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Care at Home

  • HOMEMADE COUGH MEDICINE: * Goal: Decrease the irritation or tickle in the throat that causes a dry cough. * AGE 3 months to 1 year: Give warm clear fluids to treat the cough. Examples are apple juice and lemonade. Amount: Use a dose of 1-3 teaspoons (5-15 ml). Give 4 times per day when coughing. Caution: Do not use honey until 1 year old. * AGE 1 year and older: Use HONEY ½ to 1 teaspoon (2-5 ml) as needed. It works as a homemade cough medicine. It can thin the secretions and loosen the cough. If you don't have any honey, you can use corn syrup. * AGE 6 years and older: Use COUGH DROPS to coat the sore throat. If you don't have any, you can use hard candy.
  • NON-PRESCRIPTION COUGH MEDICINE (DM): * Non-prescription cough medicines are not advised. Reason: No proven benefit for children and not approved under 4 years old. (FDA 2008.) * Honey has been shown to work better for coughs. (Caution: Do not use honey until 1 year old). * If age over 4 years old, you might decide to use a cough medicine. Choose one with dextromethorphan (DM). It's present in most non-prescription cough syrups. * When to Use: Give only for severe coughs that interfere with sleep or school. * DM Dose: See Dose Table. Give every 6 to 8 hours as needed.
  • COUGHING FITS OR SPELLS: * Breathe warm mist (such as with shower running in a closed bathroom). * Give warm clear fluids to drink. Examples are apple juice and lemonade. Don't use before 3 months of age. * Amount. If 3 - 12 months of age, give 1 ounce (30 ml) each time. Limit to 4 times per day. If over 1 year of age, give as much as needed. * Reason: Both relax the airway and loosen up any phlegm.
  • VOMITING: * For vomiting that occurs with hard coughing, give smaller amounts per feeding. * In infants, give 2 ounces (60 ml) less formula. * Reason: Vomiting from coughing is more common with a full stomach.
  • HUMIDIFIER: * If the air in your home is dry, use a humidifier. Reason: Dry air makes coughs worse.
  • FEVER: * For fevers above 102° F (39° C), give acetaminophen (such as Tylenol) or ibuprofen. See Dose Table. Note: Lower fevers are important for fighting infections. * For ALL fevers: Keep your child well hydrated. Give lots of cold fluids. * For babies, dress lightly. Don't wrap in too many blankets. Reason: Can make the fever higher.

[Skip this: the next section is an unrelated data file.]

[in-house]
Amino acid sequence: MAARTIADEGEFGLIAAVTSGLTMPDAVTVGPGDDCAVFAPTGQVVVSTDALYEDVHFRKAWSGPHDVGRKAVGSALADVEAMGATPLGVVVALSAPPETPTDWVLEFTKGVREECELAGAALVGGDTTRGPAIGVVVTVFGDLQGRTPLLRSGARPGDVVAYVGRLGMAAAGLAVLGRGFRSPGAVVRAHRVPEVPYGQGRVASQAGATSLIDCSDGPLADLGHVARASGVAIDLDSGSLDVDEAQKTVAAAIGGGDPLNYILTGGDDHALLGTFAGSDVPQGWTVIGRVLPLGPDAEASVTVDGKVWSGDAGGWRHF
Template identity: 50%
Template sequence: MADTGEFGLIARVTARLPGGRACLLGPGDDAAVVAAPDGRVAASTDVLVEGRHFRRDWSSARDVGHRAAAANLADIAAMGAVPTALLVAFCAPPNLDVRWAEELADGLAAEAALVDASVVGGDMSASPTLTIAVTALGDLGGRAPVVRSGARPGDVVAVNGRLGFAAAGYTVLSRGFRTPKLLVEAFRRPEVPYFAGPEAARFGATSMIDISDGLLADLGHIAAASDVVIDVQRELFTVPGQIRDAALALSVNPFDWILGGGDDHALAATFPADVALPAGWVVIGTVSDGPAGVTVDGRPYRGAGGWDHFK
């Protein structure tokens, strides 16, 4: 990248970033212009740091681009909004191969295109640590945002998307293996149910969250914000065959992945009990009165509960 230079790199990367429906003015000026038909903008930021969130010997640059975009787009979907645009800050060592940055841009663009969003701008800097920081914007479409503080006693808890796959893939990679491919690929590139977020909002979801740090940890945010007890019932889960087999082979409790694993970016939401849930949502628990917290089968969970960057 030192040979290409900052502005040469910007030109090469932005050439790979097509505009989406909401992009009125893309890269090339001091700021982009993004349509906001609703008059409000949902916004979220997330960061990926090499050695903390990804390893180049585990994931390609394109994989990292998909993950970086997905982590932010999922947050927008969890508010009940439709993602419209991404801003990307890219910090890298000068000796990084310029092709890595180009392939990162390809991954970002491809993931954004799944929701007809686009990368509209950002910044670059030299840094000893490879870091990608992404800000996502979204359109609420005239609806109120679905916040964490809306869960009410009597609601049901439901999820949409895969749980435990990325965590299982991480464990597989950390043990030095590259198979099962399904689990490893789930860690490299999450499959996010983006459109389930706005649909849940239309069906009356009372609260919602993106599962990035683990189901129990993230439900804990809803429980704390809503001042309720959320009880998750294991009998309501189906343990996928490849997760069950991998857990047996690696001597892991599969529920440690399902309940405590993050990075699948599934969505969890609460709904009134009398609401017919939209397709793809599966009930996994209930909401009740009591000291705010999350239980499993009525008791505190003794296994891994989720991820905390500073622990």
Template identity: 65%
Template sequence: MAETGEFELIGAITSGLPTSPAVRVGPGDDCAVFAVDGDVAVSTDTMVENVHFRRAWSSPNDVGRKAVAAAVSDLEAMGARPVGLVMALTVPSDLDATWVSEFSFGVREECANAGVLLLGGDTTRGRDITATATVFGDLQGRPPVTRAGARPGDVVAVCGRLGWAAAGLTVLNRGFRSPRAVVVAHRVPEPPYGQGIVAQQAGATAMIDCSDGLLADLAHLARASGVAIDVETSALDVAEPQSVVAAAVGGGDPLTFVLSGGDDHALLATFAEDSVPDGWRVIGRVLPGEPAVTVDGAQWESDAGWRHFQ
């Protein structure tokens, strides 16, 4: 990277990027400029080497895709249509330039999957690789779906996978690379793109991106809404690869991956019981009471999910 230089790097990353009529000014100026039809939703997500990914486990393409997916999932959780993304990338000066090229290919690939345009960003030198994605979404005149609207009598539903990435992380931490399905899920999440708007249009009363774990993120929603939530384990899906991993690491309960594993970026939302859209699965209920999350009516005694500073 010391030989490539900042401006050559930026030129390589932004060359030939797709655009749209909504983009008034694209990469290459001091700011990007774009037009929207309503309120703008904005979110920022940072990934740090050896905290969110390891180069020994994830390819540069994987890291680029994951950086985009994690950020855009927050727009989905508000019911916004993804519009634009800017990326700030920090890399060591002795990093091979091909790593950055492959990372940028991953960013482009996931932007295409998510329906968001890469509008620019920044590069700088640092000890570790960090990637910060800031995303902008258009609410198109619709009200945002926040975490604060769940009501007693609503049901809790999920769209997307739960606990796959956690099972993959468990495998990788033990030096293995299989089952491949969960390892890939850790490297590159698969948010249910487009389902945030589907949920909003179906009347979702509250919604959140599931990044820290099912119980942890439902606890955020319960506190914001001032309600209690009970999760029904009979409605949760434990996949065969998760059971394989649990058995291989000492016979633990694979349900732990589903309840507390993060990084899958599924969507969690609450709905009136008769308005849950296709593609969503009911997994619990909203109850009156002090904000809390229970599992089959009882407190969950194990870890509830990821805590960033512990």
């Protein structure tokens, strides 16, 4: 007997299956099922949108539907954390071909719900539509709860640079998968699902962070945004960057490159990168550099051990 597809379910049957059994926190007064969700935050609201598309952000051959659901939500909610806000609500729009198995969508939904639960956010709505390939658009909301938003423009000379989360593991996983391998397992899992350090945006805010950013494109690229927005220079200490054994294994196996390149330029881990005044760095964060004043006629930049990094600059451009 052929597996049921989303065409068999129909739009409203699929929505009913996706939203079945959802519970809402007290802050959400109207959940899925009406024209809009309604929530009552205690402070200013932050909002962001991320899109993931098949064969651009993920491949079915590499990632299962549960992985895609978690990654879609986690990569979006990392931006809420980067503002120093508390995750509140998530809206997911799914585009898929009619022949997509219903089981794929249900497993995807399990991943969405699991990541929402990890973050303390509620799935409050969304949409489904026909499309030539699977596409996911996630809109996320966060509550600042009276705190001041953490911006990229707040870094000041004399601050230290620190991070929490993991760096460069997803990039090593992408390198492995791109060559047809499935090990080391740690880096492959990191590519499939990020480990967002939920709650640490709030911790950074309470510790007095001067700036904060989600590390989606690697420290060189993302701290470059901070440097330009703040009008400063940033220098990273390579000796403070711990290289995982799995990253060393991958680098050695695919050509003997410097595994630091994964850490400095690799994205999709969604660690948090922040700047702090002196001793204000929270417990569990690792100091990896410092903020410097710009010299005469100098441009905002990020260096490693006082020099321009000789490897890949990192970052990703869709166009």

• RETURN TO SCHOOL: * Your child can go back to school after the fever is gone. * Your child should also feel well enough to join in normal activities. * For practical purposes, the spread of coughs and colds cannot be prevented.
  • WHAT TO EXPECT: * Viral bronchitis causes a cough for 2 to 3 weeks. * Sometimes, your child will cough up lots of phlegm (mucus).  The mucus can normally be gray, yellow or green.   * Antibiotics are not helpful.
  • CALL YOUR DOCTOR IF: * Trouble breathing occurs * Wheezing occurs * Cough lasts more than 3 weeks * Your child becomes worse
  • AVOID TOBACCO SMOKE: * Tobacco smoke makes coughs much worse.
  • WHAT YOU SHOULD KNOW: * Coughs are a normal part of a cold. * Coughing up mucus is very important. It helps protect the lungs from pneumonia. * A cough can be a good thing. We don't want to fully turn off your child's ability to cough. * Here is some care advice that should help.
  • EXTRA ADVICE- ALLEGY MEDICINE FOR ALLERGIC COUGH: * Allergy medicine can bring an allergic cough under control within 1 hour. The same is true for nasal allergy symptoms. * Benadryl or Chlorpheniramine (CTM) products are very helpful. No prescription is needed. * Give every 6 to 8 hours until the cough is gone. See Dose Table.
  • FLUIDS: * Try to get your child to drink lots of fluids. * Goal: Keep your child well hydrated. * It also will thin out the mucus discharge from the nose. * It also loosens up any phlegm in the lungs. Then it's easier to cough up.


The information contained in these topics is not intended nor implied to be a substitute for professional medical advice, it is provided for educational purposes only. You assume full responsibility for how you choose to use this information.

Always seek the advice of your physician or other qualified healthcare provider before starting any new treatment or discontinuing an existing treatment. Talk with your healthcare provider about any questions you may have regarding a medical condition. Nothing contained in these topics is intended to be used for medical diagnosis or treatment.

  • Not a Substitute - The information and materials in Pediatric HouseCalls Symptom Checker should not be used as a substitute for the care and knowledge that your physician can provide to you.
  • Supplement - The information and materials presented here in Pediatric HouseCalls Symptom Checker are meant to supplement the information that you obtain from your physician. If there is a disagreement between the information presented herein and what your physician has told you -- it is more likely that your physician is correct. He or she has the benefit of knowing your child's medical problems.
  • Limitations - You should recognize that the information and materials presented here in Pediatric HouseCalls Symptom Checker have the following limitations, in comparison to being examined by your own physician:
    • You can have a conversation with your child's doctor.
    • Your child's doctor can perform a physical examination and any necessary tests.
    • Your child could have an underlying medical problem that requires a physician to detect.
    • If your child is taking medications, they could influence how he experiences various symptoms.

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